Manu Sharma is in jail serving a life sentence for murdering model Jessica Lal in 1999. He has challenged the conviction in Supreme Court. But hasn’t got an answer yet — Yes or No — two years since his appeal.
Every time the case came up as listed, it was given another date. The delay, say eminent legal experts, is a gross violation of the Supreme Court’s own ruling making early hearing mandatory for those in jail.
“Mismanagement of the Supreme Court docket can’t be reason for inflicting injustice,” said legal luminary Rajeev Dhawan, adding, “If speedy trial is not possible he cannot be denied the right to come out on bail.”
Lal was shot dead at the nightclub Qutab Colonade, near Mehrauli, on April 30, 1999, during a party. She was on the waiting staff that night and angered a guest by refusing him a drink after the bar had shut down. That guest was suspected to be Manu Sharma who, as charged, whipped out a gun and shot her.
Sharma was acquitted of all charges by the trial court in February 2006, as it said the prosecution had failed to make its case. State appealed to high court and got the verdict overturned — Sharma was now held guilty of murder.
Sharma went to Supreme Court against the high court ruling on the grounds that it was “dubious and bad in law and took into account statements which were never a part of the trial court records”.
And here is how he has fared so far.
April 2, 2007: The Supreme Court admits an appeal against the high court and a hearing is posted for July 17.
July 17: The appeal comes up for hearing in the court of the Chief Justice and two other Judges — Dalveer Bhandari and R.V. Raveendran. The matter is posted for August 7.
August 7: The appeal was not heard and was given another date, November 27.
November 27: After hearing the counsel, the Court posts the appeal for January 22, 2008.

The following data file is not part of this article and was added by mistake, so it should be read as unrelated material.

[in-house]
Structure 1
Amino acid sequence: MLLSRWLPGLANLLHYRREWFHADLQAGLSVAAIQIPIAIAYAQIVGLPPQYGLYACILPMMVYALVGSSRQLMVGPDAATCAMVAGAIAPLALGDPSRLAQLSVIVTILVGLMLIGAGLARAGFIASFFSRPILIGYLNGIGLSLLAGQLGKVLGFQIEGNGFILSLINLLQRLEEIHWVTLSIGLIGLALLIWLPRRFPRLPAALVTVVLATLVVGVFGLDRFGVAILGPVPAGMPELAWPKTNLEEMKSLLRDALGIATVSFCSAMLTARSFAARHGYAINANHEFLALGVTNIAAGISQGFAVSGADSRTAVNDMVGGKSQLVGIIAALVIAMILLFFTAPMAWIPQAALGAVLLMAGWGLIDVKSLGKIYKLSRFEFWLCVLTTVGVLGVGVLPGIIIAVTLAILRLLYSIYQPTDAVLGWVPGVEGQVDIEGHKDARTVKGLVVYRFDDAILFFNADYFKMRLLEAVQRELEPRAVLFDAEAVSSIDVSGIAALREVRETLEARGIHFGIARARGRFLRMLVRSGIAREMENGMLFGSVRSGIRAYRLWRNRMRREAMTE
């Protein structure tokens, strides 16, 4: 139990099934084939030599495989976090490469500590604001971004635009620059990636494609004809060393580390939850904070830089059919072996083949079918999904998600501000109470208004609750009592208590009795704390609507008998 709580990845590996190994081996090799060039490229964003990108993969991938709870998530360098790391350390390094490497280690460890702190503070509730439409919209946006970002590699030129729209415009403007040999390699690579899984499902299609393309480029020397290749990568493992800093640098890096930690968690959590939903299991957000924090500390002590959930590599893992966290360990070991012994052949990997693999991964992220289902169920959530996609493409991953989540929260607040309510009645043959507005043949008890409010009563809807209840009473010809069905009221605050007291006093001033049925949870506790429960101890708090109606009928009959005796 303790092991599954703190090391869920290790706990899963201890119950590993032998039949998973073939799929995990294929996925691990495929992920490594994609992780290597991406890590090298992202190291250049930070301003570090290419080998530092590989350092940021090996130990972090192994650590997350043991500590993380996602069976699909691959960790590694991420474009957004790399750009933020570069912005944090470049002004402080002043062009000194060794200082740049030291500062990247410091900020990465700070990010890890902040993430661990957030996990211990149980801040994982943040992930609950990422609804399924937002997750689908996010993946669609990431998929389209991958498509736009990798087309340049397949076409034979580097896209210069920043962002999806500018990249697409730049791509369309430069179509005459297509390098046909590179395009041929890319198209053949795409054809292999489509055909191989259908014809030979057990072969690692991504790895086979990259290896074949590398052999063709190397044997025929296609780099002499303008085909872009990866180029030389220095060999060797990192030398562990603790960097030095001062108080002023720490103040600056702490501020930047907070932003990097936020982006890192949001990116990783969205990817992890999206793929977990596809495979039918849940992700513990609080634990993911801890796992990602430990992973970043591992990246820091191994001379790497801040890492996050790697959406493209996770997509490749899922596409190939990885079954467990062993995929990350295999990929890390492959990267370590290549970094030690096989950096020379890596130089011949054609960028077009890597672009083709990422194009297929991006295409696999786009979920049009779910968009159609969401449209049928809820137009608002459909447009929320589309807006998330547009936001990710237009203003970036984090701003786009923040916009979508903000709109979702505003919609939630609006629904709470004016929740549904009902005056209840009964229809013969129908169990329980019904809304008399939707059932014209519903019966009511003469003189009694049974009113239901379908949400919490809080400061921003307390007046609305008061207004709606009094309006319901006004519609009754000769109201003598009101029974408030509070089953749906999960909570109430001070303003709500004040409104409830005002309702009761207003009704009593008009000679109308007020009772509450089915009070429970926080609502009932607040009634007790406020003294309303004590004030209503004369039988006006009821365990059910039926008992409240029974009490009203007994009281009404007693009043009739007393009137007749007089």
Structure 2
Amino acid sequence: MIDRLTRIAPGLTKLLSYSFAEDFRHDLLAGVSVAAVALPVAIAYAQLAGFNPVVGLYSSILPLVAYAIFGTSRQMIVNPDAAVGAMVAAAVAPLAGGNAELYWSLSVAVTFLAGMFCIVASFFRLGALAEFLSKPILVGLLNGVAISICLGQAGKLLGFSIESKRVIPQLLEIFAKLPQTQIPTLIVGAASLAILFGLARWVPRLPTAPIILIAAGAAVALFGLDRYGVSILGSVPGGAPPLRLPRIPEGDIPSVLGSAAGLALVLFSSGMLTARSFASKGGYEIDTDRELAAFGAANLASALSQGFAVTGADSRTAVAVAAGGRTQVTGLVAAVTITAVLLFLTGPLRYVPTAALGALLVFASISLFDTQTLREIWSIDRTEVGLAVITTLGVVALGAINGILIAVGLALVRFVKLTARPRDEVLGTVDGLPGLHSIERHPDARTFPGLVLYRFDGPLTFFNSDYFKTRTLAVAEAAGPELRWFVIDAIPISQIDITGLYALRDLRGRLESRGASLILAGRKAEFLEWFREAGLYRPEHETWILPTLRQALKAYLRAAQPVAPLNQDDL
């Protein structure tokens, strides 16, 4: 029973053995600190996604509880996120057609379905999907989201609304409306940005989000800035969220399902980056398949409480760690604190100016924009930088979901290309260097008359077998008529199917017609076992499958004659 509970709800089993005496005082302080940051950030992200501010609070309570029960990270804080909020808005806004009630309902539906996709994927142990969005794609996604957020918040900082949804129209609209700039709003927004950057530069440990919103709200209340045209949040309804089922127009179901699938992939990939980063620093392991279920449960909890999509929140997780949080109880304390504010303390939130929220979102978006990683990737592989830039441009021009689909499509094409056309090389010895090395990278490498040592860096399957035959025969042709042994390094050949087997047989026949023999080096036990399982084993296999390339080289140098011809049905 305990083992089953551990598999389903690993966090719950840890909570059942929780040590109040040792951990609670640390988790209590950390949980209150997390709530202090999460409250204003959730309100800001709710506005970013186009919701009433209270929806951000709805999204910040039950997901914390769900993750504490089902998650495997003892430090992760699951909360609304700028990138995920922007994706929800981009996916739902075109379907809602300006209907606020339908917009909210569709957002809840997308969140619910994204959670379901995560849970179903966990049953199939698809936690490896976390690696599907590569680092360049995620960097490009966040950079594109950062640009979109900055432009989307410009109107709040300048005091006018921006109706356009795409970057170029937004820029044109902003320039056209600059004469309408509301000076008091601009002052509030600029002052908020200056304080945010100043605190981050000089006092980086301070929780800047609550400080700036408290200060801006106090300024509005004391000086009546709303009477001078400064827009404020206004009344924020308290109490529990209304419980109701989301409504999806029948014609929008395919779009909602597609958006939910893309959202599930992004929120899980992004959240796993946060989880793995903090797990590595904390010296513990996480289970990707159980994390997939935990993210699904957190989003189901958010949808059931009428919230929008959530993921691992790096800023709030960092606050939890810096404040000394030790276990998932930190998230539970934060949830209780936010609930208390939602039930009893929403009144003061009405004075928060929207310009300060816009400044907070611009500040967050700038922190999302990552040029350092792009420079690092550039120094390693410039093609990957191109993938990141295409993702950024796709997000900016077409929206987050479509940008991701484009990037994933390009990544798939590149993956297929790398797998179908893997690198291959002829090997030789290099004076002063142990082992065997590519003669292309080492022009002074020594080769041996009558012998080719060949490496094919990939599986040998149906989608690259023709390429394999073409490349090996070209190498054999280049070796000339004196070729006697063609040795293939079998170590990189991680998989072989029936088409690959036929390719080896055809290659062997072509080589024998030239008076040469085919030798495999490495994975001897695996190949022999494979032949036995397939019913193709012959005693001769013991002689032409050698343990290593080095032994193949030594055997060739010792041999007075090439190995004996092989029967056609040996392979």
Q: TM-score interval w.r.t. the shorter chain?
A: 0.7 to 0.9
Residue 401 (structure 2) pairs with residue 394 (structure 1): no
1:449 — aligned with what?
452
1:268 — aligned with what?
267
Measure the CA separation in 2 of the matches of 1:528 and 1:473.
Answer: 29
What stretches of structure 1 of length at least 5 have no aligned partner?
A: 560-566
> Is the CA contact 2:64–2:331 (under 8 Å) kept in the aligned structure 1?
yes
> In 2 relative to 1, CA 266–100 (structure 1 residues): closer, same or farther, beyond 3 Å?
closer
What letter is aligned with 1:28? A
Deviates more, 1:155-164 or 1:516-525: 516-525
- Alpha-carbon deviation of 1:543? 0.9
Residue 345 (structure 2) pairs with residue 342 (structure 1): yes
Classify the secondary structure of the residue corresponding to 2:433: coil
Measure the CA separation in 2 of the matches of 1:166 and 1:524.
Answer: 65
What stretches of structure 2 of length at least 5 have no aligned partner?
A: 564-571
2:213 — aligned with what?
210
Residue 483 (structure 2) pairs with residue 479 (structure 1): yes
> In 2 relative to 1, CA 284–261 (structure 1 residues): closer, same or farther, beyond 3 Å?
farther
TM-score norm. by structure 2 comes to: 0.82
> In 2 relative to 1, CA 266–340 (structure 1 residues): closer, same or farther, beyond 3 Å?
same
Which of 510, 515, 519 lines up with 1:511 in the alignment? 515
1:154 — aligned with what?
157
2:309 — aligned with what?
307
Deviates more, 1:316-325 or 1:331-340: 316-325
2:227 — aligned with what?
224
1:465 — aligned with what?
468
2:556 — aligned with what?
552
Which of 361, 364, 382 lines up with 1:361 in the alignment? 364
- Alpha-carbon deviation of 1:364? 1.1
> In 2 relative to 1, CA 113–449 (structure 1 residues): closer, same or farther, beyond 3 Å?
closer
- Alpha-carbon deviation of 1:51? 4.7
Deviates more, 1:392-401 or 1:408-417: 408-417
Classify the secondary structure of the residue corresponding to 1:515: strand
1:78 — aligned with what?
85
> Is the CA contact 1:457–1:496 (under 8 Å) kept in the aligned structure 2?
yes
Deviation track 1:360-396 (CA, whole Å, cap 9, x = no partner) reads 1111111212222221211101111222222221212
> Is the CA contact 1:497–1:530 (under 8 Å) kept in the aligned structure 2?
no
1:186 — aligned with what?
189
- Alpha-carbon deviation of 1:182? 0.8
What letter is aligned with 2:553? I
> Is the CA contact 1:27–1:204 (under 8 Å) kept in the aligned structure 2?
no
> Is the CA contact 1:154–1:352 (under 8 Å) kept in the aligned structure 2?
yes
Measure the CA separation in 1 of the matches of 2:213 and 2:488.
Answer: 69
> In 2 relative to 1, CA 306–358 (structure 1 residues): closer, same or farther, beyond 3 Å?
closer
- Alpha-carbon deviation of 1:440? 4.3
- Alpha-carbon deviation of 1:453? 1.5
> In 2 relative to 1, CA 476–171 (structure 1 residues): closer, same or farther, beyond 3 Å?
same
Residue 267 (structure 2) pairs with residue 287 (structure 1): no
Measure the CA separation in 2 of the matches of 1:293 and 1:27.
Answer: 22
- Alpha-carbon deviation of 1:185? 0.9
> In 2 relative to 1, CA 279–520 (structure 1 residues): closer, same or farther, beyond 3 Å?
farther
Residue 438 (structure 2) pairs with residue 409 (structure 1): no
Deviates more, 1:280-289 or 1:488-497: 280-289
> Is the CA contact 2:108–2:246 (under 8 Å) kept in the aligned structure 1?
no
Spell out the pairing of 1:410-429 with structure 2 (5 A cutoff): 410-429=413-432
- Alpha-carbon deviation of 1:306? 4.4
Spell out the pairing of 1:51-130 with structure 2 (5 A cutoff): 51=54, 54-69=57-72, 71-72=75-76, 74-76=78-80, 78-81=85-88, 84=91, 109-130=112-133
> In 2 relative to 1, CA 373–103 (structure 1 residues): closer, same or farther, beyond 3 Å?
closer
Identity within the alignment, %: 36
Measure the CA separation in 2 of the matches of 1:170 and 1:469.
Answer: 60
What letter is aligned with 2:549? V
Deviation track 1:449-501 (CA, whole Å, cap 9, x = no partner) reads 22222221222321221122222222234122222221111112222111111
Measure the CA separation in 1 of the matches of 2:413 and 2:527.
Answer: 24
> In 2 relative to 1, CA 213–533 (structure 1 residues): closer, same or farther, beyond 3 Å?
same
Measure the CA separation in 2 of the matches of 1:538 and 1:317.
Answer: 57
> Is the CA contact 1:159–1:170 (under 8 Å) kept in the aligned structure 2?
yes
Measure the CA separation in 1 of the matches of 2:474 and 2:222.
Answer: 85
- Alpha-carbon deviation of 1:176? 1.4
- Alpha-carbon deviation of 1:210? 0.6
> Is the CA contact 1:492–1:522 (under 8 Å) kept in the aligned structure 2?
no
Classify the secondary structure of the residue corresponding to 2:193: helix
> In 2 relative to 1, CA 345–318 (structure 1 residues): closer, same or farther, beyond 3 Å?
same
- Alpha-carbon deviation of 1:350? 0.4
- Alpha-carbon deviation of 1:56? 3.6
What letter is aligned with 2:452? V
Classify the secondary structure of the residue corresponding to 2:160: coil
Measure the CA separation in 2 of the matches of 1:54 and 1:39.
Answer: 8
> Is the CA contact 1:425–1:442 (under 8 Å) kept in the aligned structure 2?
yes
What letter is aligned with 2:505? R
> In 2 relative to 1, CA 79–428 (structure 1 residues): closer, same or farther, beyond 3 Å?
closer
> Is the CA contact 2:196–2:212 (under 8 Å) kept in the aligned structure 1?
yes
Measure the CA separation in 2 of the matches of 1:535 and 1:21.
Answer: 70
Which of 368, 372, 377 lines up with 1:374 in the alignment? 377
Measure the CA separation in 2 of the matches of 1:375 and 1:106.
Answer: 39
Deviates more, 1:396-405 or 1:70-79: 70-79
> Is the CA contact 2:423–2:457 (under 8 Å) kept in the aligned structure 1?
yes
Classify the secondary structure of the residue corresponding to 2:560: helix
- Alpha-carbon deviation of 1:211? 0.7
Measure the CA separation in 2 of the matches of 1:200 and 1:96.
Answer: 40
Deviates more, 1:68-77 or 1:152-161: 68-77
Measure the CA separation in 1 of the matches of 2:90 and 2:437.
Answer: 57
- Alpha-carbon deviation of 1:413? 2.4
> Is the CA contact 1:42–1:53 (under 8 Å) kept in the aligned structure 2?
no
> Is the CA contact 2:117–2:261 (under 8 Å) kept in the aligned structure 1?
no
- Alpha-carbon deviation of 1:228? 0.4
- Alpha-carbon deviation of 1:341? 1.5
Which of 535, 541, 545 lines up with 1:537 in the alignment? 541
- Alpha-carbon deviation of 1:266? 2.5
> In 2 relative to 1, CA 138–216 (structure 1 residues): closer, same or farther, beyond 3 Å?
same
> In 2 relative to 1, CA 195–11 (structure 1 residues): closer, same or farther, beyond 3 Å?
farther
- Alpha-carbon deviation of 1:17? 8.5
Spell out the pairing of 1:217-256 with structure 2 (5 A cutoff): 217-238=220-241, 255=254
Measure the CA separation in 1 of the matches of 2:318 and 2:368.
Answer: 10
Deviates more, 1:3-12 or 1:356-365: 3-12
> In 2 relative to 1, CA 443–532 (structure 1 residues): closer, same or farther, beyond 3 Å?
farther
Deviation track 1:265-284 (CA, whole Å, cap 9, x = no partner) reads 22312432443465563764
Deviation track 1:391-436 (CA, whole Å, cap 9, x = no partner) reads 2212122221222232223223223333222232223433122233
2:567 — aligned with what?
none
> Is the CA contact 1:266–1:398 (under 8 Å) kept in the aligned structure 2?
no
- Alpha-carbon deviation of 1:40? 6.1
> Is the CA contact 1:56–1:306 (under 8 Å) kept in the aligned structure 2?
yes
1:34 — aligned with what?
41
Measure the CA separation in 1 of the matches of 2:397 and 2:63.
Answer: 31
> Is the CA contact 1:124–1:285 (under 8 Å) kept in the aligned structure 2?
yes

January 22, 2008: The matter was not taken up as a pending case was being discussed. Two days later, the matter was fixed before another bench for February 12. The bench was also to take up the bail application.
February 12: Another date given: April 2.
April 2: The matter came up before Justices C.K. Thakker and D.K. Jain. The court directed that the bail application be heard on April 11.
April 11: Arguments begin on the bail application, and continue for two days. The bench reserves order on bail, which means hearings are over and the court has to now pronounce its judgment.
May 12: Court rejects Sharma’s bail petition as it was felt that the appeal was going to come up within a measurable distance of time.
October 23: The appeal was listed for hearing, but is passed over when its turn comes up. After that the case was de-listed. And remains de-listed till July 2009.
July 15, 2009: Comes up before the bench of Justices H.S.Bedi and J.M.Panchal who send it back to the court of the Chief Justice of India.
Former Law Minister and legal expert Shanti Bhushan said, “It’s most unfair for any person who is in jail. The application must be heard without any delay.”
Manu Sharma has now spent seven years in jail, including the period from December 18, 2006 onwards when he was held guilty by the High Court.
Experts feel that the case should be decided urgently as the accused was in jail. While the High Court took up the appeal against the trial court within a month and disposed it off in another nine months, the same kind of hurry has not been witnessed in the Apex Court.
“Speedy trial is something the Supreme Court itself has advocated,” said constitutional lawyer Dhavan, adding, “How can it go against its own ruling?”
Meanwhile, Manu Sharma waits behind the bars for the SC to take a view one way or the other. He is looking after the Furniture Factory and the Herbal Garden of Tihar Jail.